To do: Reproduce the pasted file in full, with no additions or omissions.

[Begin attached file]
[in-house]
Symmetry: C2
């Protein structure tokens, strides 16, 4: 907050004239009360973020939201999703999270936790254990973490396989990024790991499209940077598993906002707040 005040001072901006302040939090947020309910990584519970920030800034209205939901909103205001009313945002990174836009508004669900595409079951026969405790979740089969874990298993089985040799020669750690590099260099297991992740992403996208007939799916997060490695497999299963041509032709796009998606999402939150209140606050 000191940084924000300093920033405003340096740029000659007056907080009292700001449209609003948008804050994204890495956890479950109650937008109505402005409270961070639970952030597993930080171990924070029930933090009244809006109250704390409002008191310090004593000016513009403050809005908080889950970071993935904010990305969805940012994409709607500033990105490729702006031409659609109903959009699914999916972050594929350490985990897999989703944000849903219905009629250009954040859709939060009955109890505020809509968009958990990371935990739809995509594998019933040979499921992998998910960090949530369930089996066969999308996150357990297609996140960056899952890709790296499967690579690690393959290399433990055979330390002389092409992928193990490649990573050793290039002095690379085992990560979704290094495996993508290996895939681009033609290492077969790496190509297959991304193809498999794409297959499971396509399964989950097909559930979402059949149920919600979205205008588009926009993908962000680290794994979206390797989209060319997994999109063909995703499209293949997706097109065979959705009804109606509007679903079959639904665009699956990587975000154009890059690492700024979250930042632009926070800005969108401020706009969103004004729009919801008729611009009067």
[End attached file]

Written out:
[in-house]
Symmetry: C2
């Protein structure tokens, strides 16, 4: 907050004239009360973020939201999703999270936790254990973490396989990024790991499209940077598993906002707040 005040001072901006302040939090947020309910990584519970920030800034209205939901909103205001009313945002990174836009508004669900595409079951026969405790979740089969874990298993089985040799020669750690590099260099297991992740992403996208007939799916997060490695497999299963041509032709796009998606999402939150209140606050 000191940084924000300093920033405003340096740029000659007056907080009292700001449209609003948008804050994204890495956890479950109650937008109505402005409270961070639970952030597993930080171990924070029930933090009244809006109250704390409002008191310090004593000016513009403050809005908080889950970071993935904010990305969805940012994409709607500033990105490729702006031409659609109903959009699914999916972050594929350490985990897999989703944000849903219905009629250009954040859709939060009955109890505020809509968009958990990371935990739809995509594998019933040979499921992998998910960090949530369930089996066969999308996150357990297609996140960056899952890709790296499967690579690690393959290399433990055979330390002389092409992928193990490649990573050793290039002095690379085992990560979704290094495996993508290996895939681009033609290492077969790496190509297959991304193809498999794409297959499971396509399964989950097909559930979402059949149920919600979205205008588009926009993908962000680290794994979206390797989209060319997994999109063909995703499209293949997706097109065979959705009804109606509007679903079959639904665009699956990587975000154009890059690492700024979250930042632009926070800005969108401020706009969103004004729009919801008729611009009067």